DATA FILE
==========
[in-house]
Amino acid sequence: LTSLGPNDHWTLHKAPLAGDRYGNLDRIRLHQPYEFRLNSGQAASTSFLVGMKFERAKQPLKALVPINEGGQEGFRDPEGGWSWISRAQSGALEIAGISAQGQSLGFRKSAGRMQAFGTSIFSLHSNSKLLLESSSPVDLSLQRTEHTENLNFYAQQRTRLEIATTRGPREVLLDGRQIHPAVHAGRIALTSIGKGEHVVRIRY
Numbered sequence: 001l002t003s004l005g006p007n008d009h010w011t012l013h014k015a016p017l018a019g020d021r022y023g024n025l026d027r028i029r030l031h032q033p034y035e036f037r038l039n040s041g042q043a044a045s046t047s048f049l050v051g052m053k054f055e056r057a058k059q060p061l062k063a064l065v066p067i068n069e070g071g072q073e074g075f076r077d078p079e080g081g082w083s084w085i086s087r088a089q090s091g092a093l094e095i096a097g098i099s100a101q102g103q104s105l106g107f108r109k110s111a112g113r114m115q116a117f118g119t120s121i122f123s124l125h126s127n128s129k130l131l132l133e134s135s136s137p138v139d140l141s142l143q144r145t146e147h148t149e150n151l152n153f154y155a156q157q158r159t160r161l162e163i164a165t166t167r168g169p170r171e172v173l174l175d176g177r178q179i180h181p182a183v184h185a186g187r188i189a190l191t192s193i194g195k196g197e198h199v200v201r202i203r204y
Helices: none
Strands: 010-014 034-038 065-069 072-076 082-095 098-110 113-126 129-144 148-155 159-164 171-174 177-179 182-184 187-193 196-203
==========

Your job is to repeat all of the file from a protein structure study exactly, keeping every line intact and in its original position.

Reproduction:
[in-house]
Amino acid sequence: LTSLGPNDHWTLHKAPLAGDRYGNLDRIRLHQPYEFRLNSGQAASTSFLVGMKFERAKQPLKALVPINEGGQEGFRDPEGGWSWISRAQSGALEIAGISAQGQSLGFRKSAGRMQAFGTSIFSLHSNSKLLLESSSPVDLSLQRTEHTENLNFYAQQRTRLEIATTRGPREVLLDGRQIHPAVHAGRIALTSIGKGEHVVRIRY
Numbered sequence: 001l002t003s004l005g006p007n008d009h010w011t012l013h014k015a016p017l018a019g020d021r022y023g024n025l026d027r028i029r030l031h032q033p034y035e036f037r038l039n040s041g042q043a044a045s046t047s048f049l050v051g052m053k054f055e056r057a058k059q060p061l062k063a064l065v066p067i068n069e070g071g072q073e074g075f076r077d078p079e080g081g082w083s084w085i086s087r088a089q090s091g092a093l094e095i096a097g098i099s100a101q102g103q104s105l106g107f108r109k110s111a112g113r114m115q116a117f118g119t120s121i122f123s124l125h126s127n128s129k130l131l132l133e134s135s136s137p138v139d140l141s142l143q144r145t146e147h148t149e150n151l152n153f154y155a156q157q158r159t160r161l162e163i164a165t166t167r168g169p170r171e172v173l174l175d176g177r178q179i180h181p182a183v184h185a186g187r188i189a190l191t192s193i194g195k196g197e198h199v200v201r202i203r204y
Helices: none
Strands: 010-014 034-038 065-069 072-076 082-095 098-110 113-126 129-144 148-155 159-164 171-174 177-179 182-184 187-193 196-203